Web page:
It is important to stress that this does not happen automatically, nor without a lot of work, and sometimes it can possibly not happen at all.

One final passage that provides a picture of life in the body of Christ is Colossians 3:12-17:

12 Therefore, as God’s chosen people, holy and dearly loved, clothe yourselves with compassion, kindness, humility, gentleness and patience. 13 Bear with each other and forgive one another if any of you has a grievance against someone. Forgive as the Lord forgave you. 14 And over all these virtues put on love, which binds them all together in perfect unity. 15 Let the peace of Christ rule in your hearts, since as members of one body you were called to peace. And be thankful.16 Let the message of Christ dwell among you richly as you teach and admonish one another with all wisdom through psalms, hymns, and songs from the Spirit, singing to God with gratitude in your hearts. 17 And whatever you do, whether in word or deed, do it all in the name of the Lord Jesus, giving thanks to God the Father through him.

Here are a few practical questions for reflection:

  • Do I have friends like this in my life?
  •  Am I that kind of friend?
  • Is the church I am part of functioning like this?
  • Does our pastoral staff and leadership resemble this kind of redemptive, mutually-edifying friendship?
  • How can I grow in this way over the coming year?

In Ephesians 4:15-16, the apostle Paul says that when we are living in these kinds of relationships, we will all grow in maturity.

 

Copyright © 2013 Tim Lane. All rights reserved.

Comment

Tim Lane

Dr. Timothy S. Lane is the President of the Institute for Pastoral Care and has a counseling practice in Fayetteville, GA. He is a minister in the Presbyterian Church in America (PCA), having been ordained in 1991 and a member of Metro-Atlanta Presbytery. Tim has authored Living Without Worry: How to Replace Anxiety with Peace, and co-authored How People Change and Relationships: A Mess Worth Making. He has written several mini-books including PTSD, Forgiving Others, Sex Before Marriage, Family Feuds, Conflict, and Freedom From Guilt.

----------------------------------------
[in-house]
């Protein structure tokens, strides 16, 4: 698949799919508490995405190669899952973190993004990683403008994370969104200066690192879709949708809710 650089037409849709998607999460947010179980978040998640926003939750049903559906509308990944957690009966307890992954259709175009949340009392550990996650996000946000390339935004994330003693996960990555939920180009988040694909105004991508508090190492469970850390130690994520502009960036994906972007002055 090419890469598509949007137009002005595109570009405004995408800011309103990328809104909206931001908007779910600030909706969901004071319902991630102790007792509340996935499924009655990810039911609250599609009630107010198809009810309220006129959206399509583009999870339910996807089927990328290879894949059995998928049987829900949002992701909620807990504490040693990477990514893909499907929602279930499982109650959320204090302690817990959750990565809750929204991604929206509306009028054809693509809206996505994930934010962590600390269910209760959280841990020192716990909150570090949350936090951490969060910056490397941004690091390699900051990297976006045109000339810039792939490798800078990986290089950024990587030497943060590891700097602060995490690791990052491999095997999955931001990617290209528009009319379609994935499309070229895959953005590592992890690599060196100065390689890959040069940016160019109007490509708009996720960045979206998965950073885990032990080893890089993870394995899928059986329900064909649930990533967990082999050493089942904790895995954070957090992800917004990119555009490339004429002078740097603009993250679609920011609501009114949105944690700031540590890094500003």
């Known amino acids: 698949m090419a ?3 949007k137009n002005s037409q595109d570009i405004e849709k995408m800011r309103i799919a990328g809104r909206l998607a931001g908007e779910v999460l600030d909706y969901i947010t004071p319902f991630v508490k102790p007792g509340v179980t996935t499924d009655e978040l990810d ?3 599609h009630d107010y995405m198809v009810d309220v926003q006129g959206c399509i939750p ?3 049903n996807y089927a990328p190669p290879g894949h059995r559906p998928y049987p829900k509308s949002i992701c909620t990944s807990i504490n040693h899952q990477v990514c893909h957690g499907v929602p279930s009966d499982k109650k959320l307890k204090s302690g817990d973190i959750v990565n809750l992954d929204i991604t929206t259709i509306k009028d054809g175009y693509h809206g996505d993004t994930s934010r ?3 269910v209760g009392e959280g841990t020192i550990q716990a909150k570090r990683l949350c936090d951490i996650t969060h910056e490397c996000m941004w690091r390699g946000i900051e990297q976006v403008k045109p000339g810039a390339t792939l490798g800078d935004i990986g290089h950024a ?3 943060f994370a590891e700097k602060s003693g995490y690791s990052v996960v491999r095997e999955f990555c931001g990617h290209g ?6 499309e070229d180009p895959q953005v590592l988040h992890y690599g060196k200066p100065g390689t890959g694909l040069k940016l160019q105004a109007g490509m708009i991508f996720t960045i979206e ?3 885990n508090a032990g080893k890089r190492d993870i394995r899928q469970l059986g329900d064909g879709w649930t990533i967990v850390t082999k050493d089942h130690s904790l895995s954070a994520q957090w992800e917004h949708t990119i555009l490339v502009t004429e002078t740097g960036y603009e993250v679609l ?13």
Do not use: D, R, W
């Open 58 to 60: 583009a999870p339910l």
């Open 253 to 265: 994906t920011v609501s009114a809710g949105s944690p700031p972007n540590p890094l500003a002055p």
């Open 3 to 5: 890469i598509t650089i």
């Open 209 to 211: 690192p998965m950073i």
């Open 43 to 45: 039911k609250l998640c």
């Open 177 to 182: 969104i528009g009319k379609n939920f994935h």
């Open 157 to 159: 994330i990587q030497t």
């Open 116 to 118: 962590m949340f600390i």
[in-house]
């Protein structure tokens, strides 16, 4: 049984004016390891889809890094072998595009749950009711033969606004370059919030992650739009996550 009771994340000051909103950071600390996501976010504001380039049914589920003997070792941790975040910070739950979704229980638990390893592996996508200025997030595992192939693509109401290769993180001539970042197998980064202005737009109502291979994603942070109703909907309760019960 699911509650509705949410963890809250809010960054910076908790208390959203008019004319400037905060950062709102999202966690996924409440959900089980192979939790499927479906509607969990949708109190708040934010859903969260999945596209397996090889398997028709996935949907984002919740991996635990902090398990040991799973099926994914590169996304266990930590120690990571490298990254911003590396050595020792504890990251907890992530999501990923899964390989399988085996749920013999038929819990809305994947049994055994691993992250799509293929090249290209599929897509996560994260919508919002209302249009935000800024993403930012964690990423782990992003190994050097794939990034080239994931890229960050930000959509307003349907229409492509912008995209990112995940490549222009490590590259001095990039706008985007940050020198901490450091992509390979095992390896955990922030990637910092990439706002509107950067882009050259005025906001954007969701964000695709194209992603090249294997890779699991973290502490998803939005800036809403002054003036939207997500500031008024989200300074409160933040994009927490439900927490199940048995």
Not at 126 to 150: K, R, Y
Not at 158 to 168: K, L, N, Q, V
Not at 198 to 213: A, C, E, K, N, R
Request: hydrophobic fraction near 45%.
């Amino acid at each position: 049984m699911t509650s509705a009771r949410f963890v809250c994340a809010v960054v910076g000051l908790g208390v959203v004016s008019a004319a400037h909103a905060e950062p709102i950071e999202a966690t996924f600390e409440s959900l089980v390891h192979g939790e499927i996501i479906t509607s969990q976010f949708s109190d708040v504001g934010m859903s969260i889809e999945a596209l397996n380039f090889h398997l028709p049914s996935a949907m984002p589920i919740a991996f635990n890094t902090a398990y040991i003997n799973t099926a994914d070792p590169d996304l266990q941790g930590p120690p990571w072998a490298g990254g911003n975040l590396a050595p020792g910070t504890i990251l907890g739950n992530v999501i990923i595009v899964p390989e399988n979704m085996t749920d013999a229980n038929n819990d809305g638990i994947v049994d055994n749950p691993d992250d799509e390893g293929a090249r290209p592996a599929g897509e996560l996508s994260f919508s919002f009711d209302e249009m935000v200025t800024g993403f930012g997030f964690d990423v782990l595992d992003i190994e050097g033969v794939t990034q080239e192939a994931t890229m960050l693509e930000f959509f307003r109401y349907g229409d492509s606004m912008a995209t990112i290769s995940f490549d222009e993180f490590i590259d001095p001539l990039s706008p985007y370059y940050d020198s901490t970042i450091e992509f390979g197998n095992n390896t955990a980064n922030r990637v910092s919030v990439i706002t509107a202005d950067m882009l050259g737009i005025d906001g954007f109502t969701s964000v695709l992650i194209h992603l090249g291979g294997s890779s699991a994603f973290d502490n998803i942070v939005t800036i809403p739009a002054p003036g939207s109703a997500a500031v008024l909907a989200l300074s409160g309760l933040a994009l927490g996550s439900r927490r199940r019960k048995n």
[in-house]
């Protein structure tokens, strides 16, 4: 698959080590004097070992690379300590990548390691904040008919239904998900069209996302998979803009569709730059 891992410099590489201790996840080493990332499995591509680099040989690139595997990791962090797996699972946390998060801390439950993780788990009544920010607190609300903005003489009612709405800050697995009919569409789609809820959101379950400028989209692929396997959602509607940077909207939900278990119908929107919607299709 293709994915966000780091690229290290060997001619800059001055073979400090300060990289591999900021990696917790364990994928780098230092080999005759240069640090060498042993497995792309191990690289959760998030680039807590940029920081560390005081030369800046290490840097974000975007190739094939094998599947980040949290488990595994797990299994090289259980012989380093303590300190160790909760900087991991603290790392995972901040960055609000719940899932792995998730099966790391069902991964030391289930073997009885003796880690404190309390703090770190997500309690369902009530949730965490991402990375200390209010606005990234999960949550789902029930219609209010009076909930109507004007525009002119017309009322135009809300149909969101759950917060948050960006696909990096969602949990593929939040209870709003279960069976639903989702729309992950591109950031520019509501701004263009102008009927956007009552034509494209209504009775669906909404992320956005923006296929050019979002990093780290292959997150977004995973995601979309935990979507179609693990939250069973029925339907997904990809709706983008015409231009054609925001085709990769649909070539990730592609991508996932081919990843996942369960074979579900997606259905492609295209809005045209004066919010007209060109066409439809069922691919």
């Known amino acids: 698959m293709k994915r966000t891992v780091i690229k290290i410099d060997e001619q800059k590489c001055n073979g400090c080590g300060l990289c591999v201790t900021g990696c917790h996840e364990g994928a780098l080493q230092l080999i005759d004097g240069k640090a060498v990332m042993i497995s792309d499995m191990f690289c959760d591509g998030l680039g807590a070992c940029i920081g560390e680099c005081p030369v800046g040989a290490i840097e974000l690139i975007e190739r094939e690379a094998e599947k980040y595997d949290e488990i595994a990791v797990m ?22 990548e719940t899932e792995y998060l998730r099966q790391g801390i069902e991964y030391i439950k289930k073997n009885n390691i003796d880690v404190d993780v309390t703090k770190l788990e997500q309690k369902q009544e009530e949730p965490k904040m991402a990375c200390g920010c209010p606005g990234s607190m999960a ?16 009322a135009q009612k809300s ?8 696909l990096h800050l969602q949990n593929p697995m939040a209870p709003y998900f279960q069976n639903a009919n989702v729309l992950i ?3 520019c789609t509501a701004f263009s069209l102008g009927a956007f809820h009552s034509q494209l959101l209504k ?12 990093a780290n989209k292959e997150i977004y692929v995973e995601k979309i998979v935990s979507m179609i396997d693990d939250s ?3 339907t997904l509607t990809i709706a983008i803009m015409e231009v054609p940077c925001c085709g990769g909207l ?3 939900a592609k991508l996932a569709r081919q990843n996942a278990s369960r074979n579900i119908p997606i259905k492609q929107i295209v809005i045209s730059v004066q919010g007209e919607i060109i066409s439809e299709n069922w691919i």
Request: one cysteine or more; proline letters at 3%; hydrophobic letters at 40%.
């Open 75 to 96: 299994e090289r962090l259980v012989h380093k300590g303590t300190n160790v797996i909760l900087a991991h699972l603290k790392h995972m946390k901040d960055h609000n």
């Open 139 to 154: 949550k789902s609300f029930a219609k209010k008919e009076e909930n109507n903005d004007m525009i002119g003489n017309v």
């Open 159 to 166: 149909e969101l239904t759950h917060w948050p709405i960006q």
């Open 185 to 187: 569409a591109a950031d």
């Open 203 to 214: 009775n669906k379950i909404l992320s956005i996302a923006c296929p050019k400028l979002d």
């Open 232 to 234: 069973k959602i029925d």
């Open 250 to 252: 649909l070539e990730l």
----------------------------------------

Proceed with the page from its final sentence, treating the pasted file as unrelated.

He has experience in both campus ministry (University of Georgia, 1984-1987) and pastoral ministry where he served as a pastor in Clemson, SC from 1991 until 2001. Beginning in 2001 until 2013, he served as a counselor and faculty at a counseling organization  in Philadelphia, PA. Beginning in 2007, he served as its Executive Director until 2013.

In 2014, Tim and his family re-located to his home state, Georgia, where he formed the non profit ministry the Institute for Pastoral Care. His primary desire and commitment is to help pastors and leaders create or improve their ability to care for the people who attend their churches. For more information about this aspect of Tim's work, please visit the section of this site for the Institute for Pastoral Care. He continues to write, speak and travel both nationally and internationally. Tim is adjunct professor of practical theology at several seminaries where he teaches about pastoral care in the local church.